par Lynn Shapiro
, Writer | September 16, 2009
The FDA, on Tuesday, approved swine flu vaccines from Sanofi-Aventis, Novartis, CLS and AstraZeneca's MedImmune division.
Kathleen Sebelius, Secretary of Health, said there would be enough vaccine for every American who wanted it, especially because one shot--rather than the two shots officials expected people would need--did the trick.
The vaccine produced what officials called a "robust response" in healthy individuals after eight to 10 days. The swift response time is another good piece of news the government didn't expect.
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Until last week, CDC officials were saying it would take a full month until people got full protection against the virus. Since the shots won't be distributed until mid-October when flu season starts, waiting one week instead of three for immunity could forestall a pandemic.
No Adjuvant Needed
About 300 million Americans are expected to take the swine flu shot, although some people, including some health care workers, say they will refuse to take a drug that was approved at such breakneck speed. Clinical trials of the vaccine didn't start until August, they contend.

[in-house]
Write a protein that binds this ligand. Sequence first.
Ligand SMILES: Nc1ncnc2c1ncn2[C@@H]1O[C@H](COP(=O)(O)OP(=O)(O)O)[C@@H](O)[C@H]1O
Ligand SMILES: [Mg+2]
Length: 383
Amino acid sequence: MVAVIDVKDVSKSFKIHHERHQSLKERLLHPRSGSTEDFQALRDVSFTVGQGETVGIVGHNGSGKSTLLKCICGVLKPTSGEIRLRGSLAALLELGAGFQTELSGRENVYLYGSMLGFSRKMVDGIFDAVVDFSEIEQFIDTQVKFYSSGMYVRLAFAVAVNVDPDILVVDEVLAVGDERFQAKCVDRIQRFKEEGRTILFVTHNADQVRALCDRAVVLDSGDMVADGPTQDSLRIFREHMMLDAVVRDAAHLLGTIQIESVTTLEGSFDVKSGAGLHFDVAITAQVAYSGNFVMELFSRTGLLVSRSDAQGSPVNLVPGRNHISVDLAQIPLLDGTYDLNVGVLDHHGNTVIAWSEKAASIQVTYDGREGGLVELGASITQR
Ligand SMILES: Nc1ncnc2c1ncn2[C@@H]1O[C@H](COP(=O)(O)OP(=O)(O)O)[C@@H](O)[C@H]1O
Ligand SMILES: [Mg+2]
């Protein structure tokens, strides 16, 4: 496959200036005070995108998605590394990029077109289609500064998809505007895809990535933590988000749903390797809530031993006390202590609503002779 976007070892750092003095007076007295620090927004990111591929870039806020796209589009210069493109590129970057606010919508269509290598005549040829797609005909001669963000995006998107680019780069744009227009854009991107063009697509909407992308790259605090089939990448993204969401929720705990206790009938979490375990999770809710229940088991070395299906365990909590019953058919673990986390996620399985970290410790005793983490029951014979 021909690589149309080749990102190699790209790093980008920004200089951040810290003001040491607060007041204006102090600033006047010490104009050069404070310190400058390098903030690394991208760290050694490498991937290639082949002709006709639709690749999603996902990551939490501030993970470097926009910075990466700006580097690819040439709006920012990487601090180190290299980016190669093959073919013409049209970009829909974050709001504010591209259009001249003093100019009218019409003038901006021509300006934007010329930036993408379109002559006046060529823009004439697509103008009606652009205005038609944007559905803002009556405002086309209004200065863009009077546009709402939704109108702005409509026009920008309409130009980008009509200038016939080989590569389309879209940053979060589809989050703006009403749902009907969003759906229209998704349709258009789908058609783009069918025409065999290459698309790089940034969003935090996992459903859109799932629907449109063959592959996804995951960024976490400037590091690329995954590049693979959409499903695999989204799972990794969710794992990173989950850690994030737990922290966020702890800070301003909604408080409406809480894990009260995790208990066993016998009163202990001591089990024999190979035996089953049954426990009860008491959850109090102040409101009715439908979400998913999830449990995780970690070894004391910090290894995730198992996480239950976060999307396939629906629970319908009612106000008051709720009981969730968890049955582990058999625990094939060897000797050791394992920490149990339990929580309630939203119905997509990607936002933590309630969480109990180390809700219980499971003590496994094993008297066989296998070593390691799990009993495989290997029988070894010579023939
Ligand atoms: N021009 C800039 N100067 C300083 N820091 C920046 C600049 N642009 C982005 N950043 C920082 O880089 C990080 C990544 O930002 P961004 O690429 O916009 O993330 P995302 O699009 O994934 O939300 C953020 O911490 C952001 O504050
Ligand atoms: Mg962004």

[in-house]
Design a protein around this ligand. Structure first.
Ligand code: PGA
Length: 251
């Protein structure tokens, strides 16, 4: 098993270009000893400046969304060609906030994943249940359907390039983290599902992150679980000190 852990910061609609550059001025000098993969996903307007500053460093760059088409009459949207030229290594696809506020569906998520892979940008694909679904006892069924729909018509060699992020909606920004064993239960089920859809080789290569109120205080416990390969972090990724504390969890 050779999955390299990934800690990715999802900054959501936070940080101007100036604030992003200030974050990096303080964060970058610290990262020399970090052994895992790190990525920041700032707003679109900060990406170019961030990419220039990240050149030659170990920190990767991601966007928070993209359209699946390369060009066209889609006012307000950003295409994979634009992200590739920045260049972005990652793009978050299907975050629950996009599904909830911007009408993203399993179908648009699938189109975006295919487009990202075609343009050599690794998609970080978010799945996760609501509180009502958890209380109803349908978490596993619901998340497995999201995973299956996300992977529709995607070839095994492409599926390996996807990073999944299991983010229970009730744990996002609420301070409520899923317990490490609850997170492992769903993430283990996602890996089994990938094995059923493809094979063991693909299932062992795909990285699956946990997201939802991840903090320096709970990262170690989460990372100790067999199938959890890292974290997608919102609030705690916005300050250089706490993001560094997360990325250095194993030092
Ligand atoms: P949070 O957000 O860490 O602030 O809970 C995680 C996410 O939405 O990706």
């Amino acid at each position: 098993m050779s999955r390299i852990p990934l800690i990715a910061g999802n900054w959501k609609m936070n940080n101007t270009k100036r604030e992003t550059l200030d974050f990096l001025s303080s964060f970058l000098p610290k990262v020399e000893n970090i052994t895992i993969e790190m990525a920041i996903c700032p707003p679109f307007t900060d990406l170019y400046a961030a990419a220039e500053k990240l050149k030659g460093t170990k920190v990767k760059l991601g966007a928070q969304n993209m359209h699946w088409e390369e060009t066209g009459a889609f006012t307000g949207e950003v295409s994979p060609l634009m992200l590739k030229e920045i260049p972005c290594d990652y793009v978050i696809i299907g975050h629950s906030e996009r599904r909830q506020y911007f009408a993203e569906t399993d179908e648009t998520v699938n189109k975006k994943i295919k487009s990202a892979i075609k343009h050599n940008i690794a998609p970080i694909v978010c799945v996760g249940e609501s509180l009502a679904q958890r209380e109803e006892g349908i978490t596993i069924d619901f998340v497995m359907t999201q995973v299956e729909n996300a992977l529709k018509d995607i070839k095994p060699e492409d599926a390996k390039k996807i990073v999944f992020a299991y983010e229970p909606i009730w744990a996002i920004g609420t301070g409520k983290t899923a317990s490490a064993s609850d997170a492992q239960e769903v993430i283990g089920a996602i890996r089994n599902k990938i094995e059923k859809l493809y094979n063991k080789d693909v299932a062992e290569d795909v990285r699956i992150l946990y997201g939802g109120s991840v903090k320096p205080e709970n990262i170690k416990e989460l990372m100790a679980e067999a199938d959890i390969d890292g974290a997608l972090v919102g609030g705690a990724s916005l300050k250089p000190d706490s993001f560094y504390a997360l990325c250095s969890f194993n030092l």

Officials counter that because the vaccine contains inactivated virus, it is impossible to become infected with the 2009 H1N1 influenza virus by receiving the vaccine. What's more, the vaccine contains no thimerosal, a preservative, or adjuvant--a substance added to some vaccines to improve the body's response. While vaccines with adjuvants are approved in Europe, no vaccines using adjuvants are approved in the U.S.
Officials had believed they might need to use adjuvants in the H1N1 vaccine to boost its effectiveness. Another good piece of news is that they don't.
The government plans to distribute $1.4 billion to hospitals and to states to prepare for a possible flu outbreak. It will also spearhead a nationwide vaccination effort starting in mid-October. Officials say pregnant women and young people from six months to 24 years are at the highest risk and will be among the first to be vaccinated. The inoculations are free but some health care providers might charge a nominal fee for service.
Pregnant Women at Risk for Severe Illness
Trials are underway for children and also for pregnant women. "Women are at higher risk of developing severe illness if they become infected with influenza virus while pregnant, which is why they are strongly encouraged to receive the seasonal influenza vaccine every year," says Dr. Anthony Fauci, director, National Institute of Allergy and Infectious Diseases, at the NIH.
He notes "data indicate that pregnant women are at higher risk for complications from the 2009 H1N1 influenza virus as well, so this trial will provide critical information for public health planning." Other trials for pregnant women are in the offing.
Meanwhile, all 50 states report H1N1 activity. The Southeast, Alaska, Arizona, Oklahoma and Maryland are most affected. Flu is mostly confined to young children and young adults there.
Sources: FDA, CDC, NIH,